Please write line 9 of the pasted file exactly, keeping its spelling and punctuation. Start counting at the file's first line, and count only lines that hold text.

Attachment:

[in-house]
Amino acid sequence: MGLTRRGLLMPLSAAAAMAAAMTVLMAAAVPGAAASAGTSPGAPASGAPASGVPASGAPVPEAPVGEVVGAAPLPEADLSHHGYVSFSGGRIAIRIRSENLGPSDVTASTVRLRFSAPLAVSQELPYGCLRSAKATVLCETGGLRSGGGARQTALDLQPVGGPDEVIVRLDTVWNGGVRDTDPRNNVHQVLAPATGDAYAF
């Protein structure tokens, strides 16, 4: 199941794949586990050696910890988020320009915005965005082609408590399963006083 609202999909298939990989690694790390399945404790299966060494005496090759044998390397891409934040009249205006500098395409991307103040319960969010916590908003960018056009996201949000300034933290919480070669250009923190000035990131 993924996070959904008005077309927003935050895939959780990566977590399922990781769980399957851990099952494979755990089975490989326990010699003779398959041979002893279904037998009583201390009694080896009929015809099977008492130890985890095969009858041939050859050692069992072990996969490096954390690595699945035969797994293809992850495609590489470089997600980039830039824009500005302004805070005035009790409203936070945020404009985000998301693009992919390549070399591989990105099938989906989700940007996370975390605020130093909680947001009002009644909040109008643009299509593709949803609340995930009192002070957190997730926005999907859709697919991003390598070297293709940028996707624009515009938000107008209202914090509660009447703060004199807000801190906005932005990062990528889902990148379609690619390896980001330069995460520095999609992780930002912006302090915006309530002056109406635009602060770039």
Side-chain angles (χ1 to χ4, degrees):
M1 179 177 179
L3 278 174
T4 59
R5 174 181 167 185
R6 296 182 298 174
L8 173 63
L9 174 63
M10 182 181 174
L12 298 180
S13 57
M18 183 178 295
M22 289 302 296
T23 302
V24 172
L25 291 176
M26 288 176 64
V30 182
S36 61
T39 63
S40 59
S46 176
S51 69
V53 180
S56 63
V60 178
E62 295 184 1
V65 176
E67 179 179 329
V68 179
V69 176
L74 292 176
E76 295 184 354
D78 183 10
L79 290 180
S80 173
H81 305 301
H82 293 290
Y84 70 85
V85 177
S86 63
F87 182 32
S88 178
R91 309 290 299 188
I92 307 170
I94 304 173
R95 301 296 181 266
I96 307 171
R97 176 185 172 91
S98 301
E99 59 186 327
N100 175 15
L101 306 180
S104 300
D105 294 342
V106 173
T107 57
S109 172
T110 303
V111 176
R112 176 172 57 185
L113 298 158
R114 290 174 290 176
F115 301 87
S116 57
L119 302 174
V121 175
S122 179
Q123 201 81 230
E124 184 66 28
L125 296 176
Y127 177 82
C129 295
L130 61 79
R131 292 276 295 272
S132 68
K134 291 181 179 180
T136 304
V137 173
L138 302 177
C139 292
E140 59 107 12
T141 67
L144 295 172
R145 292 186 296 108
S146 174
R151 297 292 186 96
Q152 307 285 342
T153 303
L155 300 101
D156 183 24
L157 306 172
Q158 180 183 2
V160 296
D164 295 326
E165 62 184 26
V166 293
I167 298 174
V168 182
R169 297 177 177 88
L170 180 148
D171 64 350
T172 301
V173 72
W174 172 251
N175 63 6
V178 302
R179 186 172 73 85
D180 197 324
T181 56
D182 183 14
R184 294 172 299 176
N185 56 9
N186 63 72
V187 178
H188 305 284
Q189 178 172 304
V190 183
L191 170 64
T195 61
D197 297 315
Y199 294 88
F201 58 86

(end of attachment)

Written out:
R6 296 182 298 174